Charlotte lectures at a university and she wants her students to get in touch with solving constraint integer programs (CIPs). She would like to use SCIP for this purpose because it allows the students to look at the full source code and SCIP comes with a permissive open source license. Also, her advisor told her that there are various interfaces to SCIP.
Having these prerequisites in place, Charlotte downloads the 64-bit windows exectuable from the download page and installs it without a problem. They also read about the dockerized SCIP container which she wants to recommend to her students, in case they are unable to install SCIP on their own machines.
To test her installation and get a first feeling for SCIP, Charlotte follows the steps described in the quickstart section to solve a first simple lp problem.
She has just solved a problem, using SCIP in the command-based mode, by passing a command to the scip call via the
-c flag. These commands can also be typed into the interactive shell, that one uses by just calling the binary
After the first solution process worked like a charm, Charlotte downloads a more complicated problem file from the MIPLIB 2017 page and follows the interactive shell tutorial. There, she already learns quite a lot about the solving process and how to work with the interactive shell.
Feeling happy about having already solved some instances and having worked in interactive mode, Charlotte is curious on what more options SCIP has. She types
scip -h to find out.
She feels confident to being able to understand and use some of the other options, like
-l to write the output to a logfile, or
-b to pass a file containing the commands to be executed by scip. There are some commands that do not yet make a lot of sense to her, but she doesn't worry about it for now. She will familiarize herself with it over time and with experience.
Alex is a researcher in Charlotte's group and is working on problems that have a very special structure that he hopes to be able to exploit in the solving process.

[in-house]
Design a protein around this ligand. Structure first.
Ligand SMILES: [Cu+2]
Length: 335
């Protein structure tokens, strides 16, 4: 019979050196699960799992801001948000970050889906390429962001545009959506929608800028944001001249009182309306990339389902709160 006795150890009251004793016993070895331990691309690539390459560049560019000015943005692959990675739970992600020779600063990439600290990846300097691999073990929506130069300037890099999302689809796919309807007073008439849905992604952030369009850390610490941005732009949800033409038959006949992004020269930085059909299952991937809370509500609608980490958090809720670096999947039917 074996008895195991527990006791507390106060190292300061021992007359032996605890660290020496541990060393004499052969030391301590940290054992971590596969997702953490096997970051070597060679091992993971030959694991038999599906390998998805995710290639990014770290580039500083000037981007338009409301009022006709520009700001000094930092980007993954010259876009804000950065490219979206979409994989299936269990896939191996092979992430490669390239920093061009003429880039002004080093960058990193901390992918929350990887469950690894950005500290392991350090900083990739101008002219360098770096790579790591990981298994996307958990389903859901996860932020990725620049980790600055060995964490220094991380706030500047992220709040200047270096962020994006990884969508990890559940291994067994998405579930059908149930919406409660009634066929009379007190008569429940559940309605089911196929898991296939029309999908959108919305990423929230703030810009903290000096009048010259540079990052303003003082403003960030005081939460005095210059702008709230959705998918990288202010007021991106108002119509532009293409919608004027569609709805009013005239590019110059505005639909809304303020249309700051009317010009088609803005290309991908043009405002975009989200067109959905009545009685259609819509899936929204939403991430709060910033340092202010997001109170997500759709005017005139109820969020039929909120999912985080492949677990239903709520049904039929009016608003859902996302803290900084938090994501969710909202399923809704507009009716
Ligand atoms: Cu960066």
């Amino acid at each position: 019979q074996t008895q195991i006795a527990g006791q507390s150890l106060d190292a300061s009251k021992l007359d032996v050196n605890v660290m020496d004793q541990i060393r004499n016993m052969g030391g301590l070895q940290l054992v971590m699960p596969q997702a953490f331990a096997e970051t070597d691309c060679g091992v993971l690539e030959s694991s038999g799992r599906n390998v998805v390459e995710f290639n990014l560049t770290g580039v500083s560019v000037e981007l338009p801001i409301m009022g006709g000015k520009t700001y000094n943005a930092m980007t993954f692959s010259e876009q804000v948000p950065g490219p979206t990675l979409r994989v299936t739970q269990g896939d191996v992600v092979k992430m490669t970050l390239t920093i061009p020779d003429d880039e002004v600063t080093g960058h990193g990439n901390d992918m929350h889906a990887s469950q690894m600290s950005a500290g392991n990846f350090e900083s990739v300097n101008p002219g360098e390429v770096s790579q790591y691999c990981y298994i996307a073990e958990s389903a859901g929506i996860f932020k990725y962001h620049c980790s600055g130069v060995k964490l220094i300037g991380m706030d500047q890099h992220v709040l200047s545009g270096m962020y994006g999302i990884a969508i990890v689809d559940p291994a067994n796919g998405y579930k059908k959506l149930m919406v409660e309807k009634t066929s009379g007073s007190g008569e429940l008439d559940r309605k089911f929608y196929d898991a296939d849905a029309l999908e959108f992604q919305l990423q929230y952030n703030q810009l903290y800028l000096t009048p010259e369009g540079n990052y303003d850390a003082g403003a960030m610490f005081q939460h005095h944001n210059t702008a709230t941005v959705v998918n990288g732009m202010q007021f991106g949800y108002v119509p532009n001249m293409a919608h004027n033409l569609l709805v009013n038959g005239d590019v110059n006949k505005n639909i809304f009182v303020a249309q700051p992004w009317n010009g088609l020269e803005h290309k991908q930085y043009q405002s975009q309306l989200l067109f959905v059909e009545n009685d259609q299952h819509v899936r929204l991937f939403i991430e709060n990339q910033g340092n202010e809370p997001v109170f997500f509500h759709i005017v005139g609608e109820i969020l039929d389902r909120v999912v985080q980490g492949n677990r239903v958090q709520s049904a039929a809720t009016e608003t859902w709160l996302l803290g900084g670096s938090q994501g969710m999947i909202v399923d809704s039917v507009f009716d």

Alex heard Charlotte talk about SCIP. She explained that SCIP is plugin-based, that is, different components (plugins) are implemented using a generic interface and that it is very easy to write your own plugins, like constraint handlers, heuristics etc. So Alex decides to give it a go and dive into SCIP.
After some time of using SCIP, he feels confident enough to dig into the source code and decides to write his own plugin. Alex likes to use his linux machine for developing code, because in his experience compilation is easiest there.
Before writing any code, he quickly scans over the contents of the Programming with SCIP page, so that he knows about some of the pitfalls, best practices and mechanisms. If a problem comes up later or he gets stuck, he knows what to look out for and where to find help.
Whenever Alex gets stuck inside the code, he makes use of the extensive documentation to search for interface methods.
Alex is now ready to write his very first example, he creates a new folder
examples and puts two files in there:
cmain.c in a subfolder
This is a minimal example that just prints "Hello world." and exits. Alex compiles and runs it via cmake with the following command:
After having successfully written this minimal example, Alex follows the instructions to start a new project to start his actual project and extend this most basic code.
Alex now needs a custom constraint handler in his project, for that he will write a custom plugin. He looks up the instructions in the How to add... page and is very happy to find a page with a detailed description what he has to do.
Furthermore he found exercises for implementing plugins for the example of the linear ordering problem. The corresponding code framework (Python or C/C++) could form a good starting point for a new project as well.
After implementing his own constraint handler Alex realizes that he needs to use repotimization in his project. He looks up the How to use... section and finds some more information about how to use reoptimization.